Tyres :- Most vehicles come with road tyres (HT) as standard fitment. Many touring vehicles are often seen with Mud-Terrain (MT) which frankly are overkill for this application. The MTs are noisy and unforgiving on roads and generally perform poorly unless you’re driving in deep slush and hard rocks. The ATs strike a good balance between HT and MT with slightly hard sidewalls and semi-aggressive tread blocks to help tackle harsh terrain without the Noise Vibration Harshness (NVH) issues of the MTs. A slight upsize can also be a good idea. An upsize can either mean a slightly wider tyre and reduced aspect ratio or a wider tyre with a higher aspect ratio. In the first case, the upsize gives you added grip due to wider contact patch, there’s no difference in overall diameter of the tyre, so there’s no change in the ground clearance. The second type of upsize gives you the added benefit of increased height as with a higher aspect ratio, the height of the sidewall will increase thereby giving you more ground clearance. While upsizing you should watch out for any fouling of the tyre during full lock turns and full compression of the suspension. Depending on the upsize, your speedo reading will also start under reading. It’s also a good idea to learn about the funny markings on the tyre. For example, 255/65 R18 – the 255 stands for sectional width of the tyre in milimetres. The 65 stands for aspect ratio (sidewall height) which is written as a percentage of the sectional width, so in this case 65 per cent of 255mm. The ‘R’ stands for Radial construction as opposed to cross-ply type of tyre construction only seen in older vehicles. The 18 stands for the rim size in inches. There are a plethora of other markings on tyres which are beyond the scope of this article. Any upsizing should be done in moderation as anything above 4 per cent change in overall diameter will make modern ABS and ESP programmes function incorrectly.

Suspension :- This department is a safety issue and should not be tinkered with unless absolutely necessary. Any changes here can drastically change the vehicle’s dynamic behaviour. Having said that most suspension mods either are searching for better ride quality / handling / load carrying. Before you change anything here, please load up the vehicle and drive it around. A loaded vehicle will almost always perform better from the suspension point of view. Not all suspension kits are equal, so do your research before you dive into this expensive department.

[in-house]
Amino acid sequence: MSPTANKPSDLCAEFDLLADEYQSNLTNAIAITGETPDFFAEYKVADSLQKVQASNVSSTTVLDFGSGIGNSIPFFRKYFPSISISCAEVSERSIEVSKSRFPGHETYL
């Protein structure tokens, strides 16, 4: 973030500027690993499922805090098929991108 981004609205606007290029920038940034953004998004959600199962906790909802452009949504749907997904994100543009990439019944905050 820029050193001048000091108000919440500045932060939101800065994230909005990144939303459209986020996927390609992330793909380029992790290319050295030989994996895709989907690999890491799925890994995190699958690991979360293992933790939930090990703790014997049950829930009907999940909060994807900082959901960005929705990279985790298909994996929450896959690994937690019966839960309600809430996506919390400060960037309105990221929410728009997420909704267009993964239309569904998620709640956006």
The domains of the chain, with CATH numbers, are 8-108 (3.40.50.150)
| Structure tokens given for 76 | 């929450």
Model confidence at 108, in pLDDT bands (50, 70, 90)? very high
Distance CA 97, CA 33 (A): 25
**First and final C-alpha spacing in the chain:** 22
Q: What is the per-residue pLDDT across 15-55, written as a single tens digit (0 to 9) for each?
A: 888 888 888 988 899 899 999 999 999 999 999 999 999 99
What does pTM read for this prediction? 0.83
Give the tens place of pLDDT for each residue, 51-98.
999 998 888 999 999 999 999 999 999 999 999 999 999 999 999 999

Protection :- When going out into the wild, underbody protection is definitely required. Depending on the kind of vehicle, you may require protection for the radiator, engine, fuel tanks, DPF tanks. These metal sheets also add weight to your vehicle, so there’s no need to go overboard. Protect the vitals that actually need it. Protection is not just for the underbody. There’s a variety of stuff you can get. It could be limb risers to drive branches away from the vehicle’s windshield, it could be an exoskeleton which also helps mount other things onto the body as well as provide protection to the vehicle’s exteriors. Bullbars and off-road bumpers will interfere with airbag deployment and aren’t a good thing for pedestrian safety. The level of modification depends on your primary area of operation. If you’re operating mostly in the desert, you don’t need limb risers or a full underbody tray. In that kind of environment some protection for the engine area along with a snorkel should serve most people well.

Conclusion :- Vehicle modification is a vast subject, but remember not all aftermarket modifications are engineered for your vehicle. Some additions may compromise safety as well. The more serious your urge to get away from people, the more you’ll have to rely on your vehicle. If you keep vehicle reliability as your guiding philosophy, you’ll have a good time in the great outdoors. You don’t need to do every modification listed out here. Let’s face it, a trip to Shimla doesn’t require this kind of equipment. However, if you were doing Zanskar valley, more prep would be in order. In the next chapter, we talk about what it takes to build some off-road rigs from simple to complex.